Tuesday, June 28, 2011
The Al Gore quagmire: to conspicuously consume -or-conspicuously non-consume
"Al Gore can consume more carbon than whole villages in the developing world. He can consume more electricity than most African schools, incur more carbon debt with one trip in a private plane than most of the earth's toiling billions will pile up in a lifetime -- and he doesn't worry. A father of four, he can lecture the world on the perils of overpopulation. Surely, skeptics reason, if the peril were as great as he says and he cares about it as much as he claims, Gore's sense of civic duty would call him to set an example of conspicuous non-consumption. This general sleeps in a mansion, and lectures the soldiers because they want tents. What this tells the skeptics is that Vice President Gore doesn't really believe the gospel he proclaims. That profits from his environmental advocacy enable his affluent lifestyle only deepens their skepticism of the messenger and therefore of the message. And when they see that the rest of the environmental movement accepts this flagrant contradiction, they conclude, naturally enough, that the other green leaders aren't as worried as they claim to be. Al Gore's lifestyle is a test case for the credibility of his gospel -- and it fails. The tolerance of Al Gore's lifestyle by the environmental leadership is a further test -- and that test, too, the greens fail. The average citizen is all too likely to conclude that if Mr. Gore can keep his lifestyle, the average American family can keep its SUV and incandescent bulbs. If Gore can take a charter flight, I don't have to take the bus. If Gore can have many mansions, I can use the old fashioned kind of shower heads that actually clean and toilets that actually flush. Al Gore looks to the average American the way American greens look to poor people in the third world: hypocritically demanding that others accept permanently lower standards of living than those the activists propose for themselves. There are gospels that can be preached by the comfortable and the well fed. But radical environmentalism is not one of them" -- journalist Walter Russell Mead writing at the-american-interest.com on June 24."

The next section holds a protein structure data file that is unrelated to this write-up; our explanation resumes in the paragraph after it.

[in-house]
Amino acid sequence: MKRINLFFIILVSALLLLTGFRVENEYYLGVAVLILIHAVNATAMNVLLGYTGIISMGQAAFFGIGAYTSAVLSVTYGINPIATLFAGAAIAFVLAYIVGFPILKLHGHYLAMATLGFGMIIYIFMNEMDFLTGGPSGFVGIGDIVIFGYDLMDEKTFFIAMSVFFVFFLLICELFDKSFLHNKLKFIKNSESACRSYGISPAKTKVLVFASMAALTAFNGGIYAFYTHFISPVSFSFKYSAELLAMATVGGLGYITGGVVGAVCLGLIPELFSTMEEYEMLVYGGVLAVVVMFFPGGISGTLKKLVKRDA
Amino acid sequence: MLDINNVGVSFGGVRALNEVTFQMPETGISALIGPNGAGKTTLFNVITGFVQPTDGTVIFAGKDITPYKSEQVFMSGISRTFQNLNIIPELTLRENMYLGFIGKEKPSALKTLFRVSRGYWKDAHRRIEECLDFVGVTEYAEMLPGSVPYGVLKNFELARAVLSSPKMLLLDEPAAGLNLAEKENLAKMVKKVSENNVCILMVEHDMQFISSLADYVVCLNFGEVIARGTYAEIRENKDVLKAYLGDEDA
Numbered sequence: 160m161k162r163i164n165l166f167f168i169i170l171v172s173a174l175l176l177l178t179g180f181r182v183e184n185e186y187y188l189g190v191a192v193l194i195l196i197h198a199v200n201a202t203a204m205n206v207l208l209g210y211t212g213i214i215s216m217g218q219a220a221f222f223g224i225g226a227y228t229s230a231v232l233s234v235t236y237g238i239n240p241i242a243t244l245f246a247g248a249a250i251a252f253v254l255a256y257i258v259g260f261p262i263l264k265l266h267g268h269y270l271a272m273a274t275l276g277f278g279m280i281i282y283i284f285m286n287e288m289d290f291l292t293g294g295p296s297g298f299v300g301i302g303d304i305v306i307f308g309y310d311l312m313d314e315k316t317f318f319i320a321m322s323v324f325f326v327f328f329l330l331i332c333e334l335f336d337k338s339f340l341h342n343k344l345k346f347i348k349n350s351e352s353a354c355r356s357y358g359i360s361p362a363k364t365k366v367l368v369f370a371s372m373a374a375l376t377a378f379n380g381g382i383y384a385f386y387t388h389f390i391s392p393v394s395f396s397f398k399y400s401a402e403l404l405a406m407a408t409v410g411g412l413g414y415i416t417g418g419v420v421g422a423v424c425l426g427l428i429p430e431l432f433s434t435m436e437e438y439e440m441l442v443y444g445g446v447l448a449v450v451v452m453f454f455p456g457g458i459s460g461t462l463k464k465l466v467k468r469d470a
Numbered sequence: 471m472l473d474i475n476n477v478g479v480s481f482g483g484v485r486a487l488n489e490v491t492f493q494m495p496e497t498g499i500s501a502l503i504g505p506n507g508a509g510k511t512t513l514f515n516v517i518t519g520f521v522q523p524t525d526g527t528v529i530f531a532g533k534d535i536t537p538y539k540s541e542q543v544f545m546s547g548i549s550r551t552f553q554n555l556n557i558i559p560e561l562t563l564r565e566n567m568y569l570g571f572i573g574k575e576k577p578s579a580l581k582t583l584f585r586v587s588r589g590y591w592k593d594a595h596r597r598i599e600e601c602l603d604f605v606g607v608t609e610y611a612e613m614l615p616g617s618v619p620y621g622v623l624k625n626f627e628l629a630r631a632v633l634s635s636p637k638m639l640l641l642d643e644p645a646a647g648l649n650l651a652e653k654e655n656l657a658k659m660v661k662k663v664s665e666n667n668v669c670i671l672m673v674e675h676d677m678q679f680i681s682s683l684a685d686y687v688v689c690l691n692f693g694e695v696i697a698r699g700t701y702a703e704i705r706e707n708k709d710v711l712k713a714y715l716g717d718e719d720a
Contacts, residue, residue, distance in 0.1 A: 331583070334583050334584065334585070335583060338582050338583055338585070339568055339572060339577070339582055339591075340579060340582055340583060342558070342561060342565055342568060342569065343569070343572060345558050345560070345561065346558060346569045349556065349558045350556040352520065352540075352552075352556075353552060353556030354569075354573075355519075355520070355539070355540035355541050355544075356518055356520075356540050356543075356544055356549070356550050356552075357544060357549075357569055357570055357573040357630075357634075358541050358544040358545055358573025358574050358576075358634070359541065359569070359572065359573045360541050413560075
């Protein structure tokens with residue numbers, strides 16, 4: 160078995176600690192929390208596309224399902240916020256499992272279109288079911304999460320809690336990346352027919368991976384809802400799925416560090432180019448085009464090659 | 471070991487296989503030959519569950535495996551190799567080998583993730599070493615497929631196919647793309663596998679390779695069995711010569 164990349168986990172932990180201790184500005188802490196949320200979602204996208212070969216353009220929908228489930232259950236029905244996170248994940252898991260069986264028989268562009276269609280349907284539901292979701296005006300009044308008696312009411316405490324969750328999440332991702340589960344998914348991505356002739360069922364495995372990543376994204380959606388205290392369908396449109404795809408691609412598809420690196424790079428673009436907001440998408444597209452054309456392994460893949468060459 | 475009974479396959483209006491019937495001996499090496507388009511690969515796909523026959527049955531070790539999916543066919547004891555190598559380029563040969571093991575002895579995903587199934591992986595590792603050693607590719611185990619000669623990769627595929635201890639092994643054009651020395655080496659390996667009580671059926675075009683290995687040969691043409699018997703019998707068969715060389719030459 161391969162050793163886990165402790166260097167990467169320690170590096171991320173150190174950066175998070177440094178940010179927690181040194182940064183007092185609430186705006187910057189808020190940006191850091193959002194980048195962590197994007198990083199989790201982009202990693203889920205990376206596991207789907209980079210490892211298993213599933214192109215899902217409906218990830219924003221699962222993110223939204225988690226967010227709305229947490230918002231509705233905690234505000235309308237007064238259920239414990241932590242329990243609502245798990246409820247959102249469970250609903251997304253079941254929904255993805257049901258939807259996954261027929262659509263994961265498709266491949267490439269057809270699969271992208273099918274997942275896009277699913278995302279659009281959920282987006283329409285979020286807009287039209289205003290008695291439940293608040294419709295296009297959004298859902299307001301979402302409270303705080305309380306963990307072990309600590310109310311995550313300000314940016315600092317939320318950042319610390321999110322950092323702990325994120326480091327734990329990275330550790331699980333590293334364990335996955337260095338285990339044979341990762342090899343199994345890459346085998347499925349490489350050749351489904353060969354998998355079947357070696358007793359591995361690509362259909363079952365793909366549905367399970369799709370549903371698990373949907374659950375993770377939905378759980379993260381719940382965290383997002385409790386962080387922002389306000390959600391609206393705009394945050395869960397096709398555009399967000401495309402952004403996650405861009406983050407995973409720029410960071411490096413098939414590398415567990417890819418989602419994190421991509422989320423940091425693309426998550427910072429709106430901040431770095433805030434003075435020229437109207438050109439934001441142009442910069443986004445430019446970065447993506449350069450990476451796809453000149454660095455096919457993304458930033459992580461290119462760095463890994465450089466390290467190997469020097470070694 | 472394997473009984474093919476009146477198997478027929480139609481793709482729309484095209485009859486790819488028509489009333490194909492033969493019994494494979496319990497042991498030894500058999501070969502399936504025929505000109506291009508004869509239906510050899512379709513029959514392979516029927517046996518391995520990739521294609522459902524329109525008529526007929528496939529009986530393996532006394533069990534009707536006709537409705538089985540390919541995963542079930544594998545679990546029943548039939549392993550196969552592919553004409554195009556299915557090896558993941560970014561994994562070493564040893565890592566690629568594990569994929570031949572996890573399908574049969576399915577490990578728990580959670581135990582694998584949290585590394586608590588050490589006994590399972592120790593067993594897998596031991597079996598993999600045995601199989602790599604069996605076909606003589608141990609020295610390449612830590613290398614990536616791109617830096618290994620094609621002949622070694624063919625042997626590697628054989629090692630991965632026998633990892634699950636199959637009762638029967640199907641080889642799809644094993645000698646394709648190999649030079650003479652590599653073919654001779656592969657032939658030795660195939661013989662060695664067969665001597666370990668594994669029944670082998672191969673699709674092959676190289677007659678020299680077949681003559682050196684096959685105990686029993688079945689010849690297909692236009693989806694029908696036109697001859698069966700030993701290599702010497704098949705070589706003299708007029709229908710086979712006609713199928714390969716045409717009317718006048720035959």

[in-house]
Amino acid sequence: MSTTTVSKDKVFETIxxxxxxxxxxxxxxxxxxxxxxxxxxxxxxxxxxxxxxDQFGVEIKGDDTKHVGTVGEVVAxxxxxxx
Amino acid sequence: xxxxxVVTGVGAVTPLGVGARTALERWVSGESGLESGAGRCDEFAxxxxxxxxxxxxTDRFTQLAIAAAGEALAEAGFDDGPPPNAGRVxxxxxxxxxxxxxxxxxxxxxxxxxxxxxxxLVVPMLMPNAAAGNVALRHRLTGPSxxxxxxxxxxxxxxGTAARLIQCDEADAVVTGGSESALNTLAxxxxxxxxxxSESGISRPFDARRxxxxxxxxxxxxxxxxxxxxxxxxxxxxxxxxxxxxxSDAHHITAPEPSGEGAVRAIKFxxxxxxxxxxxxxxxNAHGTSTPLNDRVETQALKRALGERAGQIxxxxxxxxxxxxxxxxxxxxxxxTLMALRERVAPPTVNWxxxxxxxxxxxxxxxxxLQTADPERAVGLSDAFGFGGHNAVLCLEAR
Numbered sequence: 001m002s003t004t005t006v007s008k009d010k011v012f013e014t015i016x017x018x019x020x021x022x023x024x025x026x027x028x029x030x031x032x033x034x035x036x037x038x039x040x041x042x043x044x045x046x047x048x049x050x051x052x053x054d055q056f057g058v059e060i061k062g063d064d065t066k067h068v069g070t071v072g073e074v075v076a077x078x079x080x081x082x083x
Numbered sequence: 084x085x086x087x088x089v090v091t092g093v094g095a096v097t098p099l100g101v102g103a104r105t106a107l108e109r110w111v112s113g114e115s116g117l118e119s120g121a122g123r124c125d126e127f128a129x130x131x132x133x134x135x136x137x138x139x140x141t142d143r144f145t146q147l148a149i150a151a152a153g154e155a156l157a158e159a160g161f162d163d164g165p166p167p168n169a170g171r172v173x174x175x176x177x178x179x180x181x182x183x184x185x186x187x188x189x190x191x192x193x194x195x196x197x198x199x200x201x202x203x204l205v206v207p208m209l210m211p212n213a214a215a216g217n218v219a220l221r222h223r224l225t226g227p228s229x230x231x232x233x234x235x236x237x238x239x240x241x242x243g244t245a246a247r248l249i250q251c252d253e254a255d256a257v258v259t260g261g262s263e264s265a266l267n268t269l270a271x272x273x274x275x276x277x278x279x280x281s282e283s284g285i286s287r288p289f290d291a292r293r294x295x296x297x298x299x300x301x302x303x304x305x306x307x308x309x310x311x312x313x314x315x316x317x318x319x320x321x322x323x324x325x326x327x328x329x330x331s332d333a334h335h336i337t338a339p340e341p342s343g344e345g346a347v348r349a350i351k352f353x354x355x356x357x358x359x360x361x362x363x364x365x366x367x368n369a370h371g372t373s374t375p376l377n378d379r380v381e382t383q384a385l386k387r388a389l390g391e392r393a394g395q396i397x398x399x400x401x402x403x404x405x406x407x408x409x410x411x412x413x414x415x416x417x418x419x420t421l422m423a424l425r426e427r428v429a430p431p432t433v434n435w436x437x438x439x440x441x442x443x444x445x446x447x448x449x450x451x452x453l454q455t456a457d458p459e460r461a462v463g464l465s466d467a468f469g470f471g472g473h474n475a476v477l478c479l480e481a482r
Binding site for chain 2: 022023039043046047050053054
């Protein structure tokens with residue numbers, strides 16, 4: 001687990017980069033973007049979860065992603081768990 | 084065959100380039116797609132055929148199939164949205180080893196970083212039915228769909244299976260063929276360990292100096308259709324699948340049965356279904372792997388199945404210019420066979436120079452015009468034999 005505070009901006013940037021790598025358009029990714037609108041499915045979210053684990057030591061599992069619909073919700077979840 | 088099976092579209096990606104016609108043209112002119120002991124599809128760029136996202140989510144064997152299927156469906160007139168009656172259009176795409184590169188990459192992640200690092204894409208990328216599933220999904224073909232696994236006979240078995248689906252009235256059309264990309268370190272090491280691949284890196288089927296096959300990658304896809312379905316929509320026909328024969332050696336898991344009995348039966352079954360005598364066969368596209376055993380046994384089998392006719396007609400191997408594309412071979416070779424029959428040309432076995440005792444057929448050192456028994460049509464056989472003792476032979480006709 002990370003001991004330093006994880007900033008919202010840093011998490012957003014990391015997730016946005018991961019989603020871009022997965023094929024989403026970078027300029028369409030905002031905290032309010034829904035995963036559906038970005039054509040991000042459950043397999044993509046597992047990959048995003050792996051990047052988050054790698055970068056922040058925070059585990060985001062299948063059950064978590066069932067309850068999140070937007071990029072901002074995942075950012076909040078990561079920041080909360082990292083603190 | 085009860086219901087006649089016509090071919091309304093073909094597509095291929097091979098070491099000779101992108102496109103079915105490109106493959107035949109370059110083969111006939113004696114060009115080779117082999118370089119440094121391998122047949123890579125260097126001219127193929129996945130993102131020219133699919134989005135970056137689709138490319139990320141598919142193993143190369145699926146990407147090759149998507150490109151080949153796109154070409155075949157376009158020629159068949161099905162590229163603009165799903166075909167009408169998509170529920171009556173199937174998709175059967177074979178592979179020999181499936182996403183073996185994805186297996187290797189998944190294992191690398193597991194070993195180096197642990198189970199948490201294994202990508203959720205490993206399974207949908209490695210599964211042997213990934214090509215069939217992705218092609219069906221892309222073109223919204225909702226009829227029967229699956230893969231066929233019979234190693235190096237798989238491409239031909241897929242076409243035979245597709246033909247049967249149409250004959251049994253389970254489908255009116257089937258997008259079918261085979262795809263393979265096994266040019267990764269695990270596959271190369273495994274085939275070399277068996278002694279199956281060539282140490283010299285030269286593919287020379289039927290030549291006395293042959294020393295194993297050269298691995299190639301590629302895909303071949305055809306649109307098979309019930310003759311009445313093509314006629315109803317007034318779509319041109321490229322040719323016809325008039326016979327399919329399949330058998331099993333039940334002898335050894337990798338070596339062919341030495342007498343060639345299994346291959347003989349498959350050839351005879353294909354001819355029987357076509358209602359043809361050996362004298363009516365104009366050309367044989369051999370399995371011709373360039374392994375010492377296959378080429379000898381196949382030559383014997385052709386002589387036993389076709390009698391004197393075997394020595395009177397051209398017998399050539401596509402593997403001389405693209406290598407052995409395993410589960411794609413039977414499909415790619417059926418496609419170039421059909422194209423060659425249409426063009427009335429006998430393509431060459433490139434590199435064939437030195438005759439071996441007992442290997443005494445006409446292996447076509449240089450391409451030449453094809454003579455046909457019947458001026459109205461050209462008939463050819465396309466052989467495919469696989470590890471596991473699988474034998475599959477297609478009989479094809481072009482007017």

Links to Walter Russell Mead's article and 06/27/2011 follow up article appear below:
The Failure of Al Gore: Part One
The Failure of Al Gore: Part Deux